By mattdentler | Matt Dentler's Blog February 24, 2009 at 6:54AM
New Yorker Films announced today, via its Web site, that it would be shutting its doors. The iconic arthouse distributor is a company I admired from afar, and had the pleasure to work with side-by-side, over recent months. For years, I've heard stories about Dan Talbot and Jose Lopez. For years, I'd seen the wonderful films (many of which, at the Dobie in Austin) that they released. Forever, I will cherish what they have created in American distribution. A few months ago, we had a meeting in their Midtown offices, where I had the pleasure of sitting down with Dan and Jose for the first time. My first impression: "these guys are the reason I moved to New York." These guys, are the reason film people become New Yorkers.
Full disclosure: I had been working with New Yorker a lot these days. Cinetic Rights Management recently took on some of their library, to release on digital platforms, due to a strong desire for this work to reach new audiences via new technology (as well as some new revenue streams). The mission: give this work a life that arthouses and video stores are unable to provide. Dan and Jose have been champions of the cinema that mainstream audiences don't always discover. So, we honor that by bringing this work even closer to the audiences who will love it. The films we recently released on iTunes, Amazon VOD, Hulu, Joost, and SnagFilms include: The Times of Harvey Milk, Jazz On A Summer's Day, The Life and Times of Allen Ginsberg, The Treatment, Taking Sides, Trembling Before G-D, and Free Zone. Fingers crossed, there will be some more of their library to come and, hopefully, these great indie titles will find a new audience online. While it may not be enough to save the company, at least it can help protect its legacy in a new realm.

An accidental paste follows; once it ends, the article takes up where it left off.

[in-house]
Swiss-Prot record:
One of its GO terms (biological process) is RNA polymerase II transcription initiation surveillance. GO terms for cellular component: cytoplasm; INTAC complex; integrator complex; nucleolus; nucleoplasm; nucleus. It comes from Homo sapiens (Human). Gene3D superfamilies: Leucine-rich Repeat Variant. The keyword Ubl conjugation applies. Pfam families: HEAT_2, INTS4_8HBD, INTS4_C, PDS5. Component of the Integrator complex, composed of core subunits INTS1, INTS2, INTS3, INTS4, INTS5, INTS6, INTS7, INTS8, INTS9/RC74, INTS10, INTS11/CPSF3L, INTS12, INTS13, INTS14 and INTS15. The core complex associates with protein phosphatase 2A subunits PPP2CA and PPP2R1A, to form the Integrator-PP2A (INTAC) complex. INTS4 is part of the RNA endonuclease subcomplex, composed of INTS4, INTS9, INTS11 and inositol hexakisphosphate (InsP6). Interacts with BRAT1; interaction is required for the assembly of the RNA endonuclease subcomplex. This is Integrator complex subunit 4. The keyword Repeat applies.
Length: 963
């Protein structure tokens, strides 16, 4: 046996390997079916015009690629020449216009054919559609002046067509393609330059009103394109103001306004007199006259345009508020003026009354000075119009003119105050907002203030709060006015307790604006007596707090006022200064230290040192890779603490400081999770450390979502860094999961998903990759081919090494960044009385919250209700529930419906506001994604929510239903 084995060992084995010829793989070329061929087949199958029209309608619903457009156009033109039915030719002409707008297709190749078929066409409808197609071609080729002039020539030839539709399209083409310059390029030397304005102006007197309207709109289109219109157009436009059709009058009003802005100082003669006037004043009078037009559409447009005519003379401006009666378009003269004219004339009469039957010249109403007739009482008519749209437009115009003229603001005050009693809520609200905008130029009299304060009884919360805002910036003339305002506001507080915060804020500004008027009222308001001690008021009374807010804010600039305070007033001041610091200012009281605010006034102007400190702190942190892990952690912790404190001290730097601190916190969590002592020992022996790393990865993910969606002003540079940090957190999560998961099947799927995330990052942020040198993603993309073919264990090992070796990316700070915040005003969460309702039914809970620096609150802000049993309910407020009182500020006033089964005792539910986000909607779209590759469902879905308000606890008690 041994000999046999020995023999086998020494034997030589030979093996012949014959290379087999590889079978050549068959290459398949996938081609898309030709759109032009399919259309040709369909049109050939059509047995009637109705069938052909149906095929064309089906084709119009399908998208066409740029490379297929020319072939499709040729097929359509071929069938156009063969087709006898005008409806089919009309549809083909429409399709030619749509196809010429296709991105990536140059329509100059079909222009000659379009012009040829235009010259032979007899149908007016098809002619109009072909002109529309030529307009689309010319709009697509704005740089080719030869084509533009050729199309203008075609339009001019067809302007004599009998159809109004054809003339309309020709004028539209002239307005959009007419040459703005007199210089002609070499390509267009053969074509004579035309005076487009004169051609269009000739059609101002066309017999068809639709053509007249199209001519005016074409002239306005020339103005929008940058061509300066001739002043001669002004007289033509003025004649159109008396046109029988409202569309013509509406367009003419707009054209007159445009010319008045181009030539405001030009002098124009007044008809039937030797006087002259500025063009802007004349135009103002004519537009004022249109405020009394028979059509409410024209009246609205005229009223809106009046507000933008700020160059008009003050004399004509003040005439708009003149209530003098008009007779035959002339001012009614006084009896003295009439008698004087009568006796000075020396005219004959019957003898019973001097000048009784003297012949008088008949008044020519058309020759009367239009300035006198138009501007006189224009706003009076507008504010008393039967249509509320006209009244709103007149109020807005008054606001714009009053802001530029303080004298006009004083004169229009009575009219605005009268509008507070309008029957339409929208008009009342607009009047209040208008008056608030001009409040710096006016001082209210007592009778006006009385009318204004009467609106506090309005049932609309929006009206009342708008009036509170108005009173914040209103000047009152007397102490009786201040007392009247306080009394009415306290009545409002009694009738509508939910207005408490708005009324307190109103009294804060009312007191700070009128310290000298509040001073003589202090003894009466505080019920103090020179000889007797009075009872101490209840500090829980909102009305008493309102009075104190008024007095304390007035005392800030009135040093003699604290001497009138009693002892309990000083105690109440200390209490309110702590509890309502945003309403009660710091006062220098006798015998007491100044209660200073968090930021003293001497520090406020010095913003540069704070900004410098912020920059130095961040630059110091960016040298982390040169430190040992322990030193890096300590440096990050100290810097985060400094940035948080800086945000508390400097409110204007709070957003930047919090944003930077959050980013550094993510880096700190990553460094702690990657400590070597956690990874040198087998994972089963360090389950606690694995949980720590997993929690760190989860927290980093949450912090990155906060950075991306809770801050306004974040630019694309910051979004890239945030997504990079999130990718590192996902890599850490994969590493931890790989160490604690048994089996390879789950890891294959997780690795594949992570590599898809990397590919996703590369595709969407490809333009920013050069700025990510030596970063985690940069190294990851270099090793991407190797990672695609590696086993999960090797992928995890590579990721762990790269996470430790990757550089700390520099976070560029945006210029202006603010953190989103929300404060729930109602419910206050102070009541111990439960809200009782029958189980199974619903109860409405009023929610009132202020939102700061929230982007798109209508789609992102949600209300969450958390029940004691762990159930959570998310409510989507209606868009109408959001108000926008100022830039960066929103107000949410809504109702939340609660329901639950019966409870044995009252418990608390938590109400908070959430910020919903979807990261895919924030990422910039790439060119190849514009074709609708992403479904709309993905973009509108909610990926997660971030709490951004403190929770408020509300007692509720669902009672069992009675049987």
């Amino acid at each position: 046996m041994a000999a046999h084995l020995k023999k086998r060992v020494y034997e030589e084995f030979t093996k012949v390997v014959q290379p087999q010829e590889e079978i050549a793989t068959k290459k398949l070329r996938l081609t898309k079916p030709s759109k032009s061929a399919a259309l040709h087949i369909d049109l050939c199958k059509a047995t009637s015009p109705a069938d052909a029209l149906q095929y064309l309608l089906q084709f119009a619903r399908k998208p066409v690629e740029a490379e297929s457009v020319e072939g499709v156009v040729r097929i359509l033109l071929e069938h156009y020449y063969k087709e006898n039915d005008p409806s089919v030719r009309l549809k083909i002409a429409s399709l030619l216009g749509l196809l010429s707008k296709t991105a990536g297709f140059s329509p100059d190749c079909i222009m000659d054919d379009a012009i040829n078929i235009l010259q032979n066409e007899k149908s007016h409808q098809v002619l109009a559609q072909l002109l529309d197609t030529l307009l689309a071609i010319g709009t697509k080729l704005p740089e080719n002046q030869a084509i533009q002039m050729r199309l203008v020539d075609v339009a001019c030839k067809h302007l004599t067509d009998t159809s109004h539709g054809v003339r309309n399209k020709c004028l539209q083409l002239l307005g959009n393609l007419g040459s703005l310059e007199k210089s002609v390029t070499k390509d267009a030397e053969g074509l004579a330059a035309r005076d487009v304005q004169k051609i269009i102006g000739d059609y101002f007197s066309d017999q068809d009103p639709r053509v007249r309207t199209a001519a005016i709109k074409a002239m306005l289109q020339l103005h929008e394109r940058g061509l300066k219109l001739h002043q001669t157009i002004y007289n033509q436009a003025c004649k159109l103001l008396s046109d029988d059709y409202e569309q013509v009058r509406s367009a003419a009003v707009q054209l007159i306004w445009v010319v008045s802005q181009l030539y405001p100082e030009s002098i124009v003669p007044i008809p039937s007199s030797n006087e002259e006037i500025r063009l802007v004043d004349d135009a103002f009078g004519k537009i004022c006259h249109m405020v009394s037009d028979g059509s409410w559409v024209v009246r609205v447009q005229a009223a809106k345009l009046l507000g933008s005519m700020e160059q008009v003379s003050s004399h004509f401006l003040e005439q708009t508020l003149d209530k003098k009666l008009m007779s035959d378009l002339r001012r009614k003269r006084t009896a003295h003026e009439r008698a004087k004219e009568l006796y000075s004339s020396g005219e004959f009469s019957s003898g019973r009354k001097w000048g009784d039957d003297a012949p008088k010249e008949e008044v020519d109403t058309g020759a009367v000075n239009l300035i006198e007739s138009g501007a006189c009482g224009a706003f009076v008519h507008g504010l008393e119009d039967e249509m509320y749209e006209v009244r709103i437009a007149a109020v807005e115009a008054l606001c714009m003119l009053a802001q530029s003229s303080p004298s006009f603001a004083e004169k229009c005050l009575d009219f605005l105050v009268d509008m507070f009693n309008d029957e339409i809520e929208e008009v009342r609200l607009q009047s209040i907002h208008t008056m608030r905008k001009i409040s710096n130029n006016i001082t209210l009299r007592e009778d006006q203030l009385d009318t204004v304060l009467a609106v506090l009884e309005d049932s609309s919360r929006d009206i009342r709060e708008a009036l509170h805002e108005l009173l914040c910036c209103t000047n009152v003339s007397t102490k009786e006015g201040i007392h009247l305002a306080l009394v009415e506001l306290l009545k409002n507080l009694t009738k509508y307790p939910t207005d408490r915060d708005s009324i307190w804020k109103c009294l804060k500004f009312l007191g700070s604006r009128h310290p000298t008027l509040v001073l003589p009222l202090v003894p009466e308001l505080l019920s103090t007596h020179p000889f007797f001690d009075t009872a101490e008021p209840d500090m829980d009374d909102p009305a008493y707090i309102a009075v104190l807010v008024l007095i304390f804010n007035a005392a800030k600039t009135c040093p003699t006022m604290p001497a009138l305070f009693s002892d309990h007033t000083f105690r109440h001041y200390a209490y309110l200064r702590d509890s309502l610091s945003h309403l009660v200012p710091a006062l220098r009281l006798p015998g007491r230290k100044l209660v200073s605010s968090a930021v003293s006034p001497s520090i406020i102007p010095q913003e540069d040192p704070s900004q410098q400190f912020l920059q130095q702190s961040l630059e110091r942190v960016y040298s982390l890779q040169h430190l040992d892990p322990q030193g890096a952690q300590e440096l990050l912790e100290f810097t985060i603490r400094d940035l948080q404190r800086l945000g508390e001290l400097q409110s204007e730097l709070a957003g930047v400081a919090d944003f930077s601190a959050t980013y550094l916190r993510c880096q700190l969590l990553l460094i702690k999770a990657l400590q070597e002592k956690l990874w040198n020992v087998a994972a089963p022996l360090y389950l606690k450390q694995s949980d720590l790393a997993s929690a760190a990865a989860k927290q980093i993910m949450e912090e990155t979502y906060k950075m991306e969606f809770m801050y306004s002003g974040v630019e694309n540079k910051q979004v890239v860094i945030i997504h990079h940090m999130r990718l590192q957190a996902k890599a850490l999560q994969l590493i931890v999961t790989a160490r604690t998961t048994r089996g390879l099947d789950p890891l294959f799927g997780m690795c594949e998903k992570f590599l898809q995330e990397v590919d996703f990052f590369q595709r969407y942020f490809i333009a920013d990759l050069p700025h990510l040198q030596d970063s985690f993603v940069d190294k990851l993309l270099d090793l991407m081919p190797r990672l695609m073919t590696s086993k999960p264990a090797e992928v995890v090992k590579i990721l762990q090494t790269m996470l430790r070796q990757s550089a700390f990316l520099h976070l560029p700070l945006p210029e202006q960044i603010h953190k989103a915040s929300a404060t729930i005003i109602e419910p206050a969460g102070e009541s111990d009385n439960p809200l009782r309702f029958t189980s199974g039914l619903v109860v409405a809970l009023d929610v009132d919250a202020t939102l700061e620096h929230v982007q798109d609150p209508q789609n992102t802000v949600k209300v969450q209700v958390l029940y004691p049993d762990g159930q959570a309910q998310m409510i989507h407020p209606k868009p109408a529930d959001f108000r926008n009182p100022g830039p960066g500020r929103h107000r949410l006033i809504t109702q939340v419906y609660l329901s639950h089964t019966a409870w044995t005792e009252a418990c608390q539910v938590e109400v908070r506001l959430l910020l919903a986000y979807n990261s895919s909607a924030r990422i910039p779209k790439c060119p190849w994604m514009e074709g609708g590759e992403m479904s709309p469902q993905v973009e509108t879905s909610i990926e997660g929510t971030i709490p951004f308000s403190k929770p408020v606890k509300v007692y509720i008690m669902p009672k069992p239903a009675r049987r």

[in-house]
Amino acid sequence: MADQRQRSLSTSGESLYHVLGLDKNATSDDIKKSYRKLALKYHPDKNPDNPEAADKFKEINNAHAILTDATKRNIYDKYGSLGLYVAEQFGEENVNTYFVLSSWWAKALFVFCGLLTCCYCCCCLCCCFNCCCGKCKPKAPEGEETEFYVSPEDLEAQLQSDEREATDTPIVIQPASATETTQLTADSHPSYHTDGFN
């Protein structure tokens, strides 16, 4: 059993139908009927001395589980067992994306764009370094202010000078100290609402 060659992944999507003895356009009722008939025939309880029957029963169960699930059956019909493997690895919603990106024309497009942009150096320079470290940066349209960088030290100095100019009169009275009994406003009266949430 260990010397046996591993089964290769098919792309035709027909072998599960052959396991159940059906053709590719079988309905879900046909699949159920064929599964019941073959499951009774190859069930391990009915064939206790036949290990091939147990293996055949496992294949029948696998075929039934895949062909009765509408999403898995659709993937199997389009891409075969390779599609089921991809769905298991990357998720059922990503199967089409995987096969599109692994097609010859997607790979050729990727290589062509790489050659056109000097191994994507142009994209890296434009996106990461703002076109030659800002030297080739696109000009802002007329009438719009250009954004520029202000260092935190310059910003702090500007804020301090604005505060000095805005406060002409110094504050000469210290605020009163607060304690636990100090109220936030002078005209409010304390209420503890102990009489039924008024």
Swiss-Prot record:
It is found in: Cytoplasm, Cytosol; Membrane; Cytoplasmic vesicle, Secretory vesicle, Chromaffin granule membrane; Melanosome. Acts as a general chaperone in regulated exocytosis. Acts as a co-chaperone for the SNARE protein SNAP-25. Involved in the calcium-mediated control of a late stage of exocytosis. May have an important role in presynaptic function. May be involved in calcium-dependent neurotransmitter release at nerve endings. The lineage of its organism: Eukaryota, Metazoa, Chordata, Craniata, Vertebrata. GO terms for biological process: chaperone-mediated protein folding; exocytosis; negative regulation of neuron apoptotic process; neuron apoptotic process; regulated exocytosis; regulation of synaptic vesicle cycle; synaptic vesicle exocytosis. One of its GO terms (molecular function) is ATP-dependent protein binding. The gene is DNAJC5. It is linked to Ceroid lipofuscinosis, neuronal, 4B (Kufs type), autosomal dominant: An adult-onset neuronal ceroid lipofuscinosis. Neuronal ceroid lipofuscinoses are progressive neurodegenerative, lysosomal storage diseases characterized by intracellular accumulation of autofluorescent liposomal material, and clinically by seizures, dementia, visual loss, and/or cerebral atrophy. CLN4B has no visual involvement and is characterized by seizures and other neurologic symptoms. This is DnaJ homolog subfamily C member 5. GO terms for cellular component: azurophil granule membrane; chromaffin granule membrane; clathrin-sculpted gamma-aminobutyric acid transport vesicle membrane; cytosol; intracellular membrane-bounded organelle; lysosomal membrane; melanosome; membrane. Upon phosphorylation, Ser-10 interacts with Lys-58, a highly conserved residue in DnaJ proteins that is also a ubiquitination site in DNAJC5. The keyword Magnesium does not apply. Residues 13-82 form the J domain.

It may sound naive, but I actually don't believe that New Yorker is gone. From where I'm standing, the company's spirit lives on.